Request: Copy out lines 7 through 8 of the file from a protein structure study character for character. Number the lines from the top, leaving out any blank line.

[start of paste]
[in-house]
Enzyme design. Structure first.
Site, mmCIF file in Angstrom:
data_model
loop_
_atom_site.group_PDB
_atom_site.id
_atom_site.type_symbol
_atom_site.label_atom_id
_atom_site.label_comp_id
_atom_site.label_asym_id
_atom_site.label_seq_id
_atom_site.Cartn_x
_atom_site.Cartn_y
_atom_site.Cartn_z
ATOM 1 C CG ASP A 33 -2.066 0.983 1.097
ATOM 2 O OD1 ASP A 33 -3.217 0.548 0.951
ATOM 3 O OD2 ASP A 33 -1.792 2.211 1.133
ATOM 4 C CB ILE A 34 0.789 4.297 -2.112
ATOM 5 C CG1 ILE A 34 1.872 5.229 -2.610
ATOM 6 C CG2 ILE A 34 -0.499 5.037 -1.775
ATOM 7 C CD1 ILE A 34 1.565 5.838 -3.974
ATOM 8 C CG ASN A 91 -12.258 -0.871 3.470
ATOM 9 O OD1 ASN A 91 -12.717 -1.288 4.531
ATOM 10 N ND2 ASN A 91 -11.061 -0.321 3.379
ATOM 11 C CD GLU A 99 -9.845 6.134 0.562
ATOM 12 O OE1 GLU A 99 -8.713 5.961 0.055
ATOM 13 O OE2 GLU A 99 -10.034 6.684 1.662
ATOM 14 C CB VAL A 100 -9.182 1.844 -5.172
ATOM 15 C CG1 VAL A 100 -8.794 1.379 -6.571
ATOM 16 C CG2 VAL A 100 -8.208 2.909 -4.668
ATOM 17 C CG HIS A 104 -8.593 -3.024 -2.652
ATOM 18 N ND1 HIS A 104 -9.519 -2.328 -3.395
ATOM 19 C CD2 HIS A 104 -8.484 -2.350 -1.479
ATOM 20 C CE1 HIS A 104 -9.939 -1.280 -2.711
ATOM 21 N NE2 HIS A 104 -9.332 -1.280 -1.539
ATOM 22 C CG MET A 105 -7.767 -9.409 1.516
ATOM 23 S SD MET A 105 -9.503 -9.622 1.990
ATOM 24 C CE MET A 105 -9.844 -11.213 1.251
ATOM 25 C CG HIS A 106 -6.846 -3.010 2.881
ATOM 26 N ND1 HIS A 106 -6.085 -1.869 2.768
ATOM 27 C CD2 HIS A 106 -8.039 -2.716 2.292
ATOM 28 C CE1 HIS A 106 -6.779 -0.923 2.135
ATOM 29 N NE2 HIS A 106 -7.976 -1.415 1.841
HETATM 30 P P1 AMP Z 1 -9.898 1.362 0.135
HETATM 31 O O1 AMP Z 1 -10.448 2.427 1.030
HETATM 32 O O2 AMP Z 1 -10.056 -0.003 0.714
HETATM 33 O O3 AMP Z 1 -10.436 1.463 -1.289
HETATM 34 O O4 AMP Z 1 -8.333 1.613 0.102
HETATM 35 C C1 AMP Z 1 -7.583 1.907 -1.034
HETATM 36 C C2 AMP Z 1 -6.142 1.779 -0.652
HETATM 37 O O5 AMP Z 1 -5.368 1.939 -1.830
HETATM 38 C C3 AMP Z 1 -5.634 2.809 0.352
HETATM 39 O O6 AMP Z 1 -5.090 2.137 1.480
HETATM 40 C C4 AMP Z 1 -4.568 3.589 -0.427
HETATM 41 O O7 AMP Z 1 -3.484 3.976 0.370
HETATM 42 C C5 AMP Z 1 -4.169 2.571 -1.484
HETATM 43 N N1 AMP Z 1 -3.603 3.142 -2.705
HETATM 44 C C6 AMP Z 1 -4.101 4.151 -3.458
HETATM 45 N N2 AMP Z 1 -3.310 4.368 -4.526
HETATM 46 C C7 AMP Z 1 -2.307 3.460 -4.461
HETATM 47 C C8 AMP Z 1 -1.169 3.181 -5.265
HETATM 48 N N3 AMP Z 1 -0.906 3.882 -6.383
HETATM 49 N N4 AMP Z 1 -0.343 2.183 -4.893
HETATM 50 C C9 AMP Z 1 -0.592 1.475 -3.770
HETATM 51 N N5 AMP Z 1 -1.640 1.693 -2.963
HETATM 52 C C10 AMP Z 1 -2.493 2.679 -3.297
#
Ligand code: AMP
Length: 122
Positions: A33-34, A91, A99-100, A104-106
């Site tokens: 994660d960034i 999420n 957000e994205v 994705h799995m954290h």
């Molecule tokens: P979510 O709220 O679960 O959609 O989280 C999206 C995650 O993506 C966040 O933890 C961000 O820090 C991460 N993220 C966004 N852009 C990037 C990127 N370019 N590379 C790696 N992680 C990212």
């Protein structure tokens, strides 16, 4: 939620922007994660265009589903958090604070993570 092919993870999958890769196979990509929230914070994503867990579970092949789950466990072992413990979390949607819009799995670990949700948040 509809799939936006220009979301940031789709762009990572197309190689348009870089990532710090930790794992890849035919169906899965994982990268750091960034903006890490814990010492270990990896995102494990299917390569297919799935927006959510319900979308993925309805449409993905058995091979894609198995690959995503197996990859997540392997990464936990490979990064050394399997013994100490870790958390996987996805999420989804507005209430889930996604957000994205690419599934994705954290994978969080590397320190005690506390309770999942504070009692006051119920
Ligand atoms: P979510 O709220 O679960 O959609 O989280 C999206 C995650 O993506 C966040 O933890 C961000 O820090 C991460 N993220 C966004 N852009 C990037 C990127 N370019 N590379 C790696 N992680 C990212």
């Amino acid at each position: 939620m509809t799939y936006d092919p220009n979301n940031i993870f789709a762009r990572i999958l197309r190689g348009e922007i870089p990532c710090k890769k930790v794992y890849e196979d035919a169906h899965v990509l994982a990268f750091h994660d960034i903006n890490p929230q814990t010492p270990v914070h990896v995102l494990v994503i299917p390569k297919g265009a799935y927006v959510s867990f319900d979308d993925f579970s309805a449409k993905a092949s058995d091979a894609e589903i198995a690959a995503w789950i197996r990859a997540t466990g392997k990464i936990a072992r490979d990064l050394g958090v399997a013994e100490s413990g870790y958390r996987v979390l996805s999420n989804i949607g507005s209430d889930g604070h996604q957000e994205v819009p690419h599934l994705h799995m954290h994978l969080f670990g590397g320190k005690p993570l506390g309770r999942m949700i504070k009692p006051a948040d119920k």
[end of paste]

_atom_site.id
_atom_site.type_symbol